Open Cluster Classification

It may take some getting used to, and some practice to keep it fresh, but learning the classification for clusters can be a real help in identification. Gives you some idea of what to look for.

Trumpler System

The system devised by Shapley and Melotte was superseded by the Trumpler System which had it origins in 1930. It is superior than all the earlier systems because it gives an abbreviated indication of the nature of the cluster and describes details on the stellar membership. This four part structure in the system is as follows;


I - Detached with strong central condensation
II - Detached with little central condensation
III - Detached with no central condensation
IV- Not well attached, but displays a strong field concentration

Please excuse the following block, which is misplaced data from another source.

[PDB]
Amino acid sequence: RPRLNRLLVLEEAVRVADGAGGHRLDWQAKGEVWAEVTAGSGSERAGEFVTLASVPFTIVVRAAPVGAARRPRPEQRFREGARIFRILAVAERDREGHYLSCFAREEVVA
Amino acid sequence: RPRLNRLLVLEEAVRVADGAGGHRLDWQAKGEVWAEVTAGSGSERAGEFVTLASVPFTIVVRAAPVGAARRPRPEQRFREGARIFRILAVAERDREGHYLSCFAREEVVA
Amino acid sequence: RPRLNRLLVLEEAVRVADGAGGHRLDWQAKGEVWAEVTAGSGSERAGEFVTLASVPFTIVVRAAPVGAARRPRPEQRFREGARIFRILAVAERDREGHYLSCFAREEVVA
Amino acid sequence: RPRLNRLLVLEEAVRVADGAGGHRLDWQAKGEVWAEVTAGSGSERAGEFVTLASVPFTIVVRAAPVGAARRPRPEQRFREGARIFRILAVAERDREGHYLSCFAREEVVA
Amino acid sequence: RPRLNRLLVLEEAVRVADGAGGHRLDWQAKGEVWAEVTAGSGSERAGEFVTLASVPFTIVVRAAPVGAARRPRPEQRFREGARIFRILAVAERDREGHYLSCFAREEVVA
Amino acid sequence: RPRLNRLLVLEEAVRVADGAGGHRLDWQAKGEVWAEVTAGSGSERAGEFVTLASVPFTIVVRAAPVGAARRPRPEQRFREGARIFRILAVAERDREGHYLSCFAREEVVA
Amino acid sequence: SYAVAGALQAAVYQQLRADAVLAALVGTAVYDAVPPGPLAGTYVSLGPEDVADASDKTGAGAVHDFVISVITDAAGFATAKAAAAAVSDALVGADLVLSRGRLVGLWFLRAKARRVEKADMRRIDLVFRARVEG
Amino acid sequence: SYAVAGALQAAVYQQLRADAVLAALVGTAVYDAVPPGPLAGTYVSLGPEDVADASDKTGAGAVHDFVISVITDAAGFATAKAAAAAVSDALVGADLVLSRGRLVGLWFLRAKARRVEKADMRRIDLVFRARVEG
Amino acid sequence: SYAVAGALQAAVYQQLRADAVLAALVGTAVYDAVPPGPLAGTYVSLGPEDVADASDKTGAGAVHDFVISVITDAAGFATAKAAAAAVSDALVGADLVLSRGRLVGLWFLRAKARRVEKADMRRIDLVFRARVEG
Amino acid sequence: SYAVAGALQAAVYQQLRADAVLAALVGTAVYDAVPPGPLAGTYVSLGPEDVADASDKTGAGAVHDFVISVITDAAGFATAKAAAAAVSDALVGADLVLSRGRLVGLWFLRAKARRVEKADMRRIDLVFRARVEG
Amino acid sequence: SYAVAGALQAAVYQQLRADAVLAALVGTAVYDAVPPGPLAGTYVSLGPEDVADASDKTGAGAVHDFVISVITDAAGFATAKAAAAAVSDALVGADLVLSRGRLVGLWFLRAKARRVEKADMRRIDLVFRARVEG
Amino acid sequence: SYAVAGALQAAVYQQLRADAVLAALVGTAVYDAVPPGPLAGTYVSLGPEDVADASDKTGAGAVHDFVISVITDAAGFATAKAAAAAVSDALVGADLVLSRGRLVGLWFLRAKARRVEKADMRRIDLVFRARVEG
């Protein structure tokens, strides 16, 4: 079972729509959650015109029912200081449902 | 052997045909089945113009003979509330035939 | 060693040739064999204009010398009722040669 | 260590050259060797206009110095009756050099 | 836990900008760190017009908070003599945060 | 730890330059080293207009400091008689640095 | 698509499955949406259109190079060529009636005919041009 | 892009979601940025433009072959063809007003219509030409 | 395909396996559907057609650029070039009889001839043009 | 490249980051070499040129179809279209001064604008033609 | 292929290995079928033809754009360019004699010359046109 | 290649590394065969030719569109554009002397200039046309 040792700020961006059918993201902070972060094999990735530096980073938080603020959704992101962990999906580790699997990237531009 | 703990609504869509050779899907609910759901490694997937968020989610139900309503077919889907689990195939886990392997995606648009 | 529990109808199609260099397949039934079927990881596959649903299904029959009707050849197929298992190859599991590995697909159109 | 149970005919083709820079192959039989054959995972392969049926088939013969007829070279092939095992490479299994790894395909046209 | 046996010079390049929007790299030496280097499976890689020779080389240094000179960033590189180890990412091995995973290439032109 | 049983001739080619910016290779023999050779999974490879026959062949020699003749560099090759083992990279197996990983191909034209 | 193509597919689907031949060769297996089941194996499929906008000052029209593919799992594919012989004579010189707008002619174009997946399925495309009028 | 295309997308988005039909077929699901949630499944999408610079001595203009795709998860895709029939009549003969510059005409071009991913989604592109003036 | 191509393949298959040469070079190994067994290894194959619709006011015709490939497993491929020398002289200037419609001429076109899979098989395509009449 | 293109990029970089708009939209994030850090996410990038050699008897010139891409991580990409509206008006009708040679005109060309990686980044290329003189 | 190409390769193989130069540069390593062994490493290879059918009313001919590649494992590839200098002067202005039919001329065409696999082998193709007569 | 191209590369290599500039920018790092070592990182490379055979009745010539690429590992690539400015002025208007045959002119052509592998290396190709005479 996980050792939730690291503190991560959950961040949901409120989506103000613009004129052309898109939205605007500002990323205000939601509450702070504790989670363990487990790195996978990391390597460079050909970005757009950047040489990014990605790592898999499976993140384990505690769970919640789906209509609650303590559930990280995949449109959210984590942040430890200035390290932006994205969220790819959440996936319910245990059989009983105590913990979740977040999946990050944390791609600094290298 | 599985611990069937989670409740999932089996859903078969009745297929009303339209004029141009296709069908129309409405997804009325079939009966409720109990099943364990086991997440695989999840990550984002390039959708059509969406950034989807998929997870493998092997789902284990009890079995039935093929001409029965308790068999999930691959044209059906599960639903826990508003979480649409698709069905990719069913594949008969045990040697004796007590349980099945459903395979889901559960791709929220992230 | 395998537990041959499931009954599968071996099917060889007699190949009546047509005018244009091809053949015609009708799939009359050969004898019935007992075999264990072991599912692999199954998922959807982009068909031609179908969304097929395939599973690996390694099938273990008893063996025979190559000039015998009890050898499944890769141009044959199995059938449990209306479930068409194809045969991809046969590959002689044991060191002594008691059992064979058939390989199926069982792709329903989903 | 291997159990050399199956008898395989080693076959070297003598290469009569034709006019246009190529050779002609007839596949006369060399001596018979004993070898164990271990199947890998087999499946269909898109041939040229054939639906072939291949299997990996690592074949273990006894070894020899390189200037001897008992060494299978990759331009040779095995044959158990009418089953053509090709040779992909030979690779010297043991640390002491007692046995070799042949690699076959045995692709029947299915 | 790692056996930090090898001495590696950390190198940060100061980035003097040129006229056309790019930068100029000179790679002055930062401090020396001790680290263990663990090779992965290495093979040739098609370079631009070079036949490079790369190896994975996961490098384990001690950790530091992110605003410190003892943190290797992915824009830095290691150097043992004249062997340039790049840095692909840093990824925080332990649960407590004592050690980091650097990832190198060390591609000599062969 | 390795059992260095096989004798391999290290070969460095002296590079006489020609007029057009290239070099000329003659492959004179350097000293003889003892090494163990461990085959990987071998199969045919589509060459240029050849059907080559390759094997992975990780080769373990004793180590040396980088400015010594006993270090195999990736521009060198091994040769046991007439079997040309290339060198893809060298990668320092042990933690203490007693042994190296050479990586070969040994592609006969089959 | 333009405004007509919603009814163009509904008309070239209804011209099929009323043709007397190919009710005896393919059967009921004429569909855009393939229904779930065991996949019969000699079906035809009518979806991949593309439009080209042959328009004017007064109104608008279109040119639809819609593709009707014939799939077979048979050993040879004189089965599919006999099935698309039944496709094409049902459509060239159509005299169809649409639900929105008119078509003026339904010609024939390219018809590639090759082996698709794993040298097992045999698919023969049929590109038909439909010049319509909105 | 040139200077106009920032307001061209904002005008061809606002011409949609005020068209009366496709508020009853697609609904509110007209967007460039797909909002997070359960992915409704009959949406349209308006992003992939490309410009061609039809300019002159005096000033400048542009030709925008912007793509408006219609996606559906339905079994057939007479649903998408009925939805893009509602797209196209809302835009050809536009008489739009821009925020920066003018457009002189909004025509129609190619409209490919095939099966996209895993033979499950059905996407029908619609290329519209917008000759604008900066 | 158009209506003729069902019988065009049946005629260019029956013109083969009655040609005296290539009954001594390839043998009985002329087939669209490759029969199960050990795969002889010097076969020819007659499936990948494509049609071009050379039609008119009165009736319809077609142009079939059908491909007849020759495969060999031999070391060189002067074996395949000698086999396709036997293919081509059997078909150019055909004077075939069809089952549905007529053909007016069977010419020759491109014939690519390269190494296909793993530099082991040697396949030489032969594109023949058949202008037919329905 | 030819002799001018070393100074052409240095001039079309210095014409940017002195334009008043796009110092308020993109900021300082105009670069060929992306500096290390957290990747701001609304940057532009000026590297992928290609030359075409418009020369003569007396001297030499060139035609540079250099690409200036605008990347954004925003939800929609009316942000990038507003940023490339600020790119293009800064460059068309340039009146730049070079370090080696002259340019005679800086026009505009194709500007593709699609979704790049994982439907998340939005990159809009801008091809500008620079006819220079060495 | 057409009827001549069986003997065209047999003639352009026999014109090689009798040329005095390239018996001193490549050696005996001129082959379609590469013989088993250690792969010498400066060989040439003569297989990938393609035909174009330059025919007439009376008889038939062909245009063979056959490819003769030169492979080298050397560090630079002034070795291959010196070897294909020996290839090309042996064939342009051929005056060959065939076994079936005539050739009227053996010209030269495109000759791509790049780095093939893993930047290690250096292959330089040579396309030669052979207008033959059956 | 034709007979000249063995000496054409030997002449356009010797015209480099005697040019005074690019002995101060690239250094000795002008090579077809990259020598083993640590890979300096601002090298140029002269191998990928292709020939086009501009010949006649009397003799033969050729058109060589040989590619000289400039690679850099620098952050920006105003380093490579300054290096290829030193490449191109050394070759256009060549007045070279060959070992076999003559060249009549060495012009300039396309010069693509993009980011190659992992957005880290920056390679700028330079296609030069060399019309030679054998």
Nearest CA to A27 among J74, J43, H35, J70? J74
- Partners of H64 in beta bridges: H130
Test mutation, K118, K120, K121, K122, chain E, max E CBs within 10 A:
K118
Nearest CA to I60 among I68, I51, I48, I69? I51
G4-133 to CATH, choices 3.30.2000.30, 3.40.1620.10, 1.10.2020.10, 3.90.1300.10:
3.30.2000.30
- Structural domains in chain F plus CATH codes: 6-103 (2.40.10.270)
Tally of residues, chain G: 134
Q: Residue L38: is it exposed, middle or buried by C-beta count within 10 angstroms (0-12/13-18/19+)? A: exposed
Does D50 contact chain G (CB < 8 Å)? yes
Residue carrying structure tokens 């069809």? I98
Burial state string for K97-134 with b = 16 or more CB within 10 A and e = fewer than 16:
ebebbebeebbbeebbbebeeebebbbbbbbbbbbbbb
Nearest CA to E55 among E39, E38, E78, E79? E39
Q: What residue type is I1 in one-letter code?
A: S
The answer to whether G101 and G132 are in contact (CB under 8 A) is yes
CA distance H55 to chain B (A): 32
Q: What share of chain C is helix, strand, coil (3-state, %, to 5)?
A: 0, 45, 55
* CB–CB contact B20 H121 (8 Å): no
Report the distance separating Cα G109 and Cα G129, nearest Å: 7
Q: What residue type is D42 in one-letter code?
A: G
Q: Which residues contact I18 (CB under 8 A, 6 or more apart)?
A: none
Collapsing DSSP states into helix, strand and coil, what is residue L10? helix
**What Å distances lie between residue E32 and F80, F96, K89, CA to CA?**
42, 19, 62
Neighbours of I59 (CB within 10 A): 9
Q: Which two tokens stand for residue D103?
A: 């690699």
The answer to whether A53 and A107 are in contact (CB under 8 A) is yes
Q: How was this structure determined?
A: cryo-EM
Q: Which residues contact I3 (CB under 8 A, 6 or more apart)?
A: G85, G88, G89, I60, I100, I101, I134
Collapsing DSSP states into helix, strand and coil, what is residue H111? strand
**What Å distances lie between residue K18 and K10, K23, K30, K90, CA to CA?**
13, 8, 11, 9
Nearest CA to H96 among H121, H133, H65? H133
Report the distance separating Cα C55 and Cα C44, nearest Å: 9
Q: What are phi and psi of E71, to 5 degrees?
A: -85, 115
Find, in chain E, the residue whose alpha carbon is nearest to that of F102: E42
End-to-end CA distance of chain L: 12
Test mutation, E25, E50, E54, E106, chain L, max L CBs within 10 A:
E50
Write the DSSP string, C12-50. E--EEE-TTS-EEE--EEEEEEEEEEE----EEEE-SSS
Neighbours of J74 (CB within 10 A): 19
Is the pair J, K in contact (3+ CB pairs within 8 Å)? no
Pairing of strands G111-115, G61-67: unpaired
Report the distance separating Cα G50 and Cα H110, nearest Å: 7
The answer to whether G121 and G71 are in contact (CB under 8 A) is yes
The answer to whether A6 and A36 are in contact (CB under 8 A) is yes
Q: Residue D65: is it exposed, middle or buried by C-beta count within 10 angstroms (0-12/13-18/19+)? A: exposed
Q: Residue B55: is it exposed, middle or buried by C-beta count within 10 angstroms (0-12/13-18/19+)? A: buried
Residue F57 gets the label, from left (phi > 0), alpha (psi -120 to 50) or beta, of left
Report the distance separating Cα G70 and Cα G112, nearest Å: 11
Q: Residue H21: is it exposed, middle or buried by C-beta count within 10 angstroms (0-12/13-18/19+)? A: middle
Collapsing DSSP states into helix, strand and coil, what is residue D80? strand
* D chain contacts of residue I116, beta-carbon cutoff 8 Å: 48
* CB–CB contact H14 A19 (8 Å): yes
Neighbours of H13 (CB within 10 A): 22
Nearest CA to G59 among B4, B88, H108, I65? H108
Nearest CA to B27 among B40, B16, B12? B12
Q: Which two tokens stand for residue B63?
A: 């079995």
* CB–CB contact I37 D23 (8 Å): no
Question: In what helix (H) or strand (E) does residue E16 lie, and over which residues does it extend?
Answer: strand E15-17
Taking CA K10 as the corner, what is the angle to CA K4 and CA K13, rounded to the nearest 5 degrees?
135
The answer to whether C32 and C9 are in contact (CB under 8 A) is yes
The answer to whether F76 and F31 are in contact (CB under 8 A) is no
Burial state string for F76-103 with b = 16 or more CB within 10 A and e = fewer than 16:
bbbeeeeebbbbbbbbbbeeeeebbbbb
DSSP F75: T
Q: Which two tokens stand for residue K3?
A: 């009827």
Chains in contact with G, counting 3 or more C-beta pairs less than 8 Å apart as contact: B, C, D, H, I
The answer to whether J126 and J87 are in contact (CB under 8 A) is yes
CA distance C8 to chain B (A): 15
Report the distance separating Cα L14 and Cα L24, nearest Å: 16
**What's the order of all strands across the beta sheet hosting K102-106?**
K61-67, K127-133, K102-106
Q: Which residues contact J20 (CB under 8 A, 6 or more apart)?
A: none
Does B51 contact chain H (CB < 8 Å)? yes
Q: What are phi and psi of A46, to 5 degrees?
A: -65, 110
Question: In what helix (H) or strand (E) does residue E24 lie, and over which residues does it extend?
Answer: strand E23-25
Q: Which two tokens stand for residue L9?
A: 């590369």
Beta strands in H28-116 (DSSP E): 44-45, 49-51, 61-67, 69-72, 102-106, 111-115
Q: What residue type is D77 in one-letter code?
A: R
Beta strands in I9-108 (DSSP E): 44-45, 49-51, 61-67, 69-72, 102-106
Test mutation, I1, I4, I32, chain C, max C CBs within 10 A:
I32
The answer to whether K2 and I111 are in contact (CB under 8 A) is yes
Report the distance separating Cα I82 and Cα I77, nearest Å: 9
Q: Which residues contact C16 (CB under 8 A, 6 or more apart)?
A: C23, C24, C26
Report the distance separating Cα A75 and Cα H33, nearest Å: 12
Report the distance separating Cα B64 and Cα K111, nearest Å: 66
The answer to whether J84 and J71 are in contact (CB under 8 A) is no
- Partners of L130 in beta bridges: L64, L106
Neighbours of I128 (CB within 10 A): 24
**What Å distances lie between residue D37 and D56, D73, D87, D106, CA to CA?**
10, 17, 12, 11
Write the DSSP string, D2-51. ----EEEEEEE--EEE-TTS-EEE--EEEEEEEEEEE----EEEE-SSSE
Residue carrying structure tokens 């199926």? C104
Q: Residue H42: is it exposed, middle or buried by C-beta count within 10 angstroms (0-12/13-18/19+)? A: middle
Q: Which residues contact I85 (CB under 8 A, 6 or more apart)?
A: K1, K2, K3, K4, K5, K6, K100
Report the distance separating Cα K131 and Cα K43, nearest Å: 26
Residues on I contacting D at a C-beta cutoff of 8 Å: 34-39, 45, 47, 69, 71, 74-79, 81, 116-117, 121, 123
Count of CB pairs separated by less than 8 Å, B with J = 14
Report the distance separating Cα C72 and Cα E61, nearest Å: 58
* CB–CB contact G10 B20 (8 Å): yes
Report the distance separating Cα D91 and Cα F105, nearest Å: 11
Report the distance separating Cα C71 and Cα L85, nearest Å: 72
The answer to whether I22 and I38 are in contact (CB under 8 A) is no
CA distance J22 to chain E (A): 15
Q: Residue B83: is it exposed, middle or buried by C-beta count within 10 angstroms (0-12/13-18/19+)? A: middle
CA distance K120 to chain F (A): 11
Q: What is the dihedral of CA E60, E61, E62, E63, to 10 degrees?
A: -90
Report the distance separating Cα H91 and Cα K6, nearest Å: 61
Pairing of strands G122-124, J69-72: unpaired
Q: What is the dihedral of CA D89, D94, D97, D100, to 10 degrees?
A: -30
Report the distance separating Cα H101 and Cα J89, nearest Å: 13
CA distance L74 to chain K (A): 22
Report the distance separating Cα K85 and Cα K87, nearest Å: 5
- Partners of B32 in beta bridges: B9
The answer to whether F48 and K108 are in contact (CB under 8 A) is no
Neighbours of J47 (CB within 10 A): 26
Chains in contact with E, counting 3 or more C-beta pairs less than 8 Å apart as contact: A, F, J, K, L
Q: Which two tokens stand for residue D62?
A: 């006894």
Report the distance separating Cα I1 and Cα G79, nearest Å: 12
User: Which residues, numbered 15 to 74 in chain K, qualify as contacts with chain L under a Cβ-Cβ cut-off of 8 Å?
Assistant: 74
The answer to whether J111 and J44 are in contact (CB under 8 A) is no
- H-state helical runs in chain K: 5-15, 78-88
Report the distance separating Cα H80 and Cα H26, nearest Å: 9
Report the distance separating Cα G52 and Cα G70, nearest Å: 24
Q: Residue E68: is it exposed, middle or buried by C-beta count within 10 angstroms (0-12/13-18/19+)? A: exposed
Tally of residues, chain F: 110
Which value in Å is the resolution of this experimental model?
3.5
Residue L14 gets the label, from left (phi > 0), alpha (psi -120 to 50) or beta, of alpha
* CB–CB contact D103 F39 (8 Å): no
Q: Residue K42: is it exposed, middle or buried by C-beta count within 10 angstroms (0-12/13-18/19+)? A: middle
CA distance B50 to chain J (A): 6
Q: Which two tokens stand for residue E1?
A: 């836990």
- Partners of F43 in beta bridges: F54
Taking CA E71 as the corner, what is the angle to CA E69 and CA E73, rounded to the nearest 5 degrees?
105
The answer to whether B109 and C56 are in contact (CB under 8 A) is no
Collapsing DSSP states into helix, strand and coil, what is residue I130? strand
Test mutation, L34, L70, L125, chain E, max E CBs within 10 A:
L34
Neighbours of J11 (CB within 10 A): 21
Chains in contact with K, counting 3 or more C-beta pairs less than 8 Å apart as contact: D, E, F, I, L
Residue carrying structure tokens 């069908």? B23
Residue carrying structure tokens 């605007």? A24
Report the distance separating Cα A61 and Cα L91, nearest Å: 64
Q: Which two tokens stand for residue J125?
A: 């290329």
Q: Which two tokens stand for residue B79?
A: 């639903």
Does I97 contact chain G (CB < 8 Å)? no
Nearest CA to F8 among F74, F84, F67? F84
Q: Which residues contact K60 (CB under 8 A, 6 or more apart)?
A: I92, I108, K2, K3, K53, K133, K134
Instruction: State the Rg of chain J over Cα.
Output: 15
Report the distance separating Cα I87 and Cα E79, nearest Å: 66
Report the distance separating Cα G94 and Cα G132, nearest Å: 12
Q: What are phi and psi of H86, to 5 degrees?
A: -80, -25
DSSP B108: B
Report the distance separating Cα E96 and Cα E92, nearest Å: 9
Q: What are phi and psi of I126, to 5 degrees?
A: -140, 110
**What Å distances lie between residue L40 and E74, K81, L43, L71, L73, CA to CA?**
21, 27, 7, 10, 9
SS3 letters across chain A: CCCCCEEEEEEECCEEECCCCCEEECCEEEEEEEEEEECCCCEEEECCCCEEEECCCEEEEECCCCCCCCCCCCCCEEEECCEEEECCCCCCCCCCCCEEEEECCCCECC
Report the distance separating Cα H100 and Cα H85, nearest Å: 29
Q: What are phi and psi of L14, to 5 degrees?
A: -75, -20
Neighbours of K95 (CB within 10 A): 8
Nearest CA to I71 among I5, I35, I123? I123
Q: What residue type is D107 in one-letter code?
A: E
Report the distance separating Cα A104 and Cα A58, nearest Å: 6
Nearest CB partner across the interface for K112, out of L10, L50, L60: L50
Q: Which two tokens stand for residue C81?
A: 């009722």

2. Numerals

Numerals show the luminosity function (lmf) which is the open cluster lmf compared the nearby non-cluster region's lmf. It is the mean luminosity of all the clusters stars. This suggests that the lmf decreases in magnitude compared to the surrounding fields. For an actual cluster, this shows that lmf increases with the brighter of the cluster stars, followed by some decrease to fainter ones. Lmf follows the numerals 1, 2 and 3.

3. Star Numbers

p - Poor < 50 stars
m - Medium 50 to 100 stars
r - Rich > 100 stars

4. Nebulosity

The 'n' at the end of the classification indicates nebulosity associated with the open cluster. Globulars are classified by astronomers according to their density. A class I globular is very compact and compressed. A class XII is loosely condensed. M13 in Hercules is in the middle and has a classification of V. An enjoyable observing exercise is to estimate a globular's classification before consulting any reference and then comparing your observation with the accepted value.

Space isn't remote at all. It's only an hour's drive away if your car could go straight upwards.

Fred Hoyle